THE BLOG
11/19/2014 04:53 pm ET Updated Jan 19, 2015

How Pornography Fuels Exploitation

Porn is bad. That seems to be the general consensus. Typically people don't broadcast their pornographic habits because something in us says that indulging in porn is inherently wrong. Or so I thought.

My assumption that our society was on the same page about this was confronted during a discussion in my human sexuality class last week.

A classmate said she thought porn had become so normalized it no longer had a negative connotation. She had come to notice the prevalence of looking at pornography, especially among men and didn't think it to be bad anymore.

She thought masturbation was just fine, so porn must be, too, to meet sexual needs and desires. She said she didn't care if her boyfriend looked at porn, nor does her boyfriend care if she chose to look at porn.

I see the logic, I really do and she really got me thinking.

After contemplating her ideas in my shell-shocked mind, I remained with my first instinct -- pornography is unacceptable.

Why?

We've all heard the classic arguments against pornography. It objectifies women. It contradicts the morals of religions. We've seen it tear families apart. These are all good reasons to hate porn.

But let's consider one more perspective on pornography that often goes overlooked.

When we indulge in porn, we allow and promote the process of making pornographic material that exploits the girls and women involved.

Before we justify pornography with our selfish desires and pleasures, think about the real people behind the magazine page and the real suffering behind the screen. The implication of the porn industry is human sex trafficking and bondage.

In my research as a modern abolitionist, I've seen that human sex trafficking is linked time and time again to prostitution. In the context of sex trafficking, an individual finds him or herself trapped and prostitution ceases to be a decision. Sex becomes forced.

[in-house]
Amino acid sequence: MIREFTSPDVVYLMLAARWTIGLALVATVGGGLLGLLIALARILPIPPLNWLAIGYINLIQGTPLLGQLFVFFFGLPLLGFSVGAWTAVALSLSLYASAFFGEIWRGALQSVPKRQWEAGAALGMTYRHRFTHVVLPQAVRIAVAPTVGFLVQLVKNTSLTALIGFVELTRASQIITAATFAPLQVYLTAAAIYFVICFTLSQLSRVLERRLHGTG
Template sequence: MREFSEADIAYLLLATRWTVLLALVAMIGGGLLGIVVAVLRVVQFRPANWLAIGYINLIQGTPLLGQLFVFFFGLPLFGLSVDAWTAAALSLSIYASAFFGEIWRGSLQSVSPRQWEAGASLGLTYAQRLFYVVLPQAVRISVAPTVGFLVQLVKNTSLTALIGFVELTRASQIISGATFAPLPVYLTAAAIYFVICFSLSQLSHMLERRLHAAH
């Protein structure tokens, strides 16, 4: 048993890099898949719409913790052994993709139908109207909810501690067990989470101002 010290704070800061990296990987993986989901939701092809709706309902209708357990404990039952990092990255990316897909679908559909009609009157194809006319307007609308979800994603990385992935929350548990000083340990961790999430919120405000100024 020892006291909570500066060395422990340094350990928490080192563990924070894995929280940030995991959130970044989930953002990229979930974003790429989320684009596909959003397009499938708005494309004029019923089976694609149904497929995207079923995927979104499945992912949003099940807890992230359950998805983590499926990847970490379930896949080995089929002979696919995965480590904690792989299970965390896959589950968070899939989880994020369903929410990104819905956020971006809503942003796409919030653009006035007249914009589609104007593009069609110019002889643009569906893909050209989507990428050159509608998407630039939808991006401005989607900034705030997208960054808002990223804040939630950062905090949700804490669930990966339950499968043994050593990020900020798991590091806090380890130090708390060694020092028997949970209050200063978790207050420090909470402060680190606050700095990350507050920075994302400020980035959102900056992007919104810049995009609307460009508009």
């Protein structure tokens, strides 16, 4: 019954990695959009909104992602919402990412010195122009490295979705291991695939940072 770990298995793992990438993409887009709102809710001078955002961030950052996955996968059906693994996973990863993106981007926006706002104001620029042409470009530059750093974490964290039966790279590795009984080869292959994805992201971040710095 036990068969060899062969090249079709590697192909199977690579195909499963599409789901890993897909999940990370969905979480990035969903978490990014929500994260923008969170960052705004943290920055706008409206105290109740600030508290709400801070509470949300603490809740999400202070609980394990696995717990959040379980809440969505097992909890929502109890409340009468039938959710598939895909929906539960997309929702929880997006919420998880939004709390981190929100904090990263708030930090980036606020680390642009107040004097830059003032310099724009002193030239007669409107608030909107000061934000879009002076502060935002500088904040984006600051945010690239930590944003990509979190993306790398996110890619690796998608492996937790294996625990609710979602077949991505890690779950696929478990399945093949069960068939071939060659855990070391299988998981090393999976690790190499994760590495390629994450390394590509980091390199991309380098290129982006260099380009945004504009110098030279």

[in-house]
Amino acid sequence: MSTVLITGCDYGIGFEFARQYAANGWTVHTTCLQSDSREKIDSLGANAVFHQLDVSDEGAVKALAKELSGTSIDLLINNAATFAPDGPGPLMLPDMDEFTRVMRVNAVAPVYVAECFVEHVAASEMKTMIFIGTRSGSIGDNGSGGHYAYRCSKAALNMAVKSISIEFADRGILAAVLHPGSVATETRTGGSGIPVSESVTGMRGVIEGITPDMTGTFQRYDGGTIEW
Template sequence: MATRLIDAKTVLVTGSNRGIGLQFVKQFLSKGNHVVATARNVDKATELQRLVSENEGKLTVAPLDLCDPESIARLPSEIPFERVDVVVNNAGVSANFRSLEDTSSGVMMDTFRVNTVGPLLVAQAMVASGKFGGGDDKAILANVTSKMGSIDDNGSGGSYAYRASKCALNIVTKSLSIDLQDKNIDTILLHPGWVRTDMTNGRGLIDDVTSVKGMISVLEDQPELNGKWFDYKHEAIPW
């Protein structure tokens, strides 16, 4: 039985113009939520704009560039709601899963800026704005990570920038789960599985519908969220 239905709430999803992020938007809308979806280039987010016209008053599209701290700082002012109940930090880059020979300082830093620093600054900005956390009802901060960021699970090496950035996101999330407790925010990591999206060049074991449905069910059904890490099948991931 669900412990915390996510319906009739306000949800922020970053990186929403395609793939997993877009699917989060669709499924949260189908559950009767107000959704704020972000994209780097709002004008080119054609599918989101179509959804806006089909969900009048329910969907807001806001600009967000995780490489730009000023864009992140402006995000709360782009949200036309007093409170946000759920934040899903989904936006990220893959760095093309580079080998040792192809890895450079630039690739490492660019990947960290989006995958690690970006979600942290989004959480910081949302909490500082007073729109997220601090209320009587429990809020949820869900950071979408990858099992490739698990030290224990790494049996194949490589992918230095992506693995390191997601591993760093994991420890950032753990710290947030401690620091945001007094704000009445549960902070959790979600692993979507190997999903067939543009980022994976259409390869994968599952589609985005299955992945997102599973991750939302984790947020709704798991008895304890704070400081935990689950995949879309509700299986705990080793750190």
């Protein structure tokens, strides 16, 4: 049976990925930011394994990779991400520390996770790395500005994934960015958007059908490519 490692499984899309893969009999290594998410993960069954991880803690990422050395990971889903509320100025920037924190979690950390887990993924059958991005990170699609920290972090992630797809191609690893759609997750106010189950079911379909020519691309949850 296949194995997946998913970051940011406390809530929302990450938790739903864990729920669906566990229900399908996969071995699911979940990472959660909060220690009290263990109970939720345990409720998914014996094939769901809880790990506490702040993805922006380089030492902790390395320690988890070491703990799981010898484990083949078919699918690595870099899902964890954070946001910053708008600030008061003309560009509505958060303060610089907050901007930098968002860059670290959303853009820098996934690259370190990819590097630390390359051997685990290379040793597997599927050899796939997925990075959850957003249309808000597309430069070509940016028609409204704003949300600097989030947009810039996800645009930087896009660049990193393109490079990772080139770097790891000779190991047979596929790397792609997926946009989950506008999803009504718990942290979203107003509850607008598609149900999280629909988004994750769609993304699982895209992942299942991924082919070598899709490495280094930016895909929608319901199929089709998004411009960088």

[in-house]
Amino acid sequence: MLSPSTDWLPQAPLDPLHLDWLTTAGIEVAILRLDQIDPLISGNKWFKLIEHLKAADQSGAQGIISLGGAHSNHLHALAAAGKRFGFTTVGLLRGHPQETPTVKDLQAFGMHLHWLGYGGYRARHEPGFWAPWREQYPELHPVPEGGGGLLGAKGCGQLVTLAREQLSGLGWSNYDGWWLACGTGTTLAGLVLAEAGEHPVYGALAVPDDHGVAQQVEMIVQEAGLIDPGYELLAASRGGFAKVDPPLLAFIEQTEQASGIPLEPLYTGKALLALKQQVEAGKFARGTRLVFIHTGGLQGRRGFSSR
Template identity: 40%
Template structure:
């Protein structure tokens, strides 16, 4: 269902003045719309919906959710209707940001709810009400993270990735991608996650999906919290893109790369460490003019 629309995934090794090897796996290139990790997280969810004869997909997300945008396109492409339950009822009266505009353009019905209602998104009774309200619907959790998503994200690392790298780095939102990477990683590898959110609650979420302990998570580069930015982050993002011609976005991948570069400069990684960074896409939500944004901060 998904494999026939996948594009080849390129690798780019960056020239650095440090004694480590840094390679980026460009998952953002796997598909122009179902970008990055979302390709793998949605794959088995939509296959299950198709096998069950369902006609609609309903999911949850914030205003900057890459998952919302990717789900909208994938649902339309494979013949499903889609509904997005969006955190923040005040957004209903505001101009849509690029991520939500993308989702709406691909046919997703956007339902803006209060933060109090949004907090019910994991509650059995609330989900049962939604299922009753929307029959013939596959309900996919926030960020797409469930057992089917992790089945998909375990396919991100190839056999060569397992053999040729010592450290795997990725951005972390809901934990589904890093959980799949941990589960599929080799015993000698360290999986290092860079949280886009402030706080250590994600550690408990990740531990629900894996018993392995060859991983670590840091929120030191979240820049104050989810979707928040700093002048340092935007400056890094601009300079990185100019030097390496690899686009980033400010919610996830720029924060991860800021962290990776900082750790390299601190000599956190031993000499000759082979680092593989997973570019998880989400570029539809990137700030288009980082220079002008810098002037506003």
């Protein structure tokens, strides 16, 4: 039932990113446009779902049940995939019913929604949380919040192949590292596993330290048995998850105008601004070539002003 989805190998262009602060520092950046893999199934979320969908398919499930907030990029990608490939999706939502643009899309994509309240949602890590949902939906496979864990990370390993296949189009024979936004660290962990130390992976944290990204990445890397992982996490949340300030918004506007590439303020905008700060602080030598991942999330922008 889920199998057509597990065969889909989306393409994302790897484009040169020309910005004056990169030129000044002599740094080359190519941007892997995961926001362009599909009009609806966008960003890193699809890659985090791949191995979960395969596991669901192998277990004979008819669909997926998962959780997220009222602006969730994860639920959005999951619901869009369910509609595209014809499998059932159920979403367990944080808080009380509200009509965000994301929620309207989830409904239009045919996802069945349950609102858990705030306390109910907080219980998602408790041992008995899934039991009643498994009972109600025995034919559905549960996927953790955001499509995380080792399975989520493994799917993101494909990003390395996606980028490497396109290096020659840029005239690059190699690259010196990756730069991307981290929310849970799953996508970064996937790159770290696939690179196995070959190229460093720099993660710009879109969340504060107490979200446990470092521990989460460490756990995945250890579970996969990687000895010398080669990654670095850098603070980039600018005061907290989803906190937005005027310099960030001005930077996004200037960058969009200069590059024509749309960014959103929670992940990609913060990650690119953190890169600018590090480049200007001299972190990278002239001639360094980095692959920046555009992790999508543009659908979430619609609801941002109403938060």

Prostitution is then linked to pornography. Trafficked victims become the subjects for pornographic videos and pictures, whether they like it or not, for our viewing pleasure. It is a vicious cycle of abuse with no way out.

Fight the New Drug is a movement that advocates ending pornography. "In the end, porn fuels prostitution; and porn and prostitution are the products the sex trade exists to deliver," the website said.

Exploitation infests the production of pornography. Exploitation also pervades the consumption of pornography.

An unhappy husband turns to pornography to be sexually aroused. His wife may not care, like my classmate. Still, her husband is becoming obsessed with sex on a 2D level. When that doesn't satisfy, sex with another human being becomes his desire.

The next step is a call for an escort service, a lap dance from a stripper, intercourse with a prostitute.

When the unhappy, sex-starved husband meets with a prostitute, he is client number who-knows-what for the night for the exploited woman stuck in the sex industry.

The prostitutes often have abusive pasts, are brainwashed by their pimp and are trapped as slaves.

What's the root of all of this? Porn. It is the first step in the process of dehumanizing women to the point of exploitation.

I'm tired of the jokes my journalism professor makes in class. "You know what those women are doing at the corner of North Avenue and MLK, right?" My classmates laugh.

Yes, we know what they are doing. And apparently we all think it's funny. Are the forced activities of the most vulnerable and exploited females in our society funny?

When we laugh we spit in the faces of the women and girls. We say, "I have more dignity than you." When I simplify our actions to the last sentence, it somehow becomes wrong, not a joke anymore. That's because it is wrong.

Instead, let's value everyone's dignity. Let's boycott the pornography industry and care about the people who cannot escape from their exploiters.

Put down the magazine and block the sites.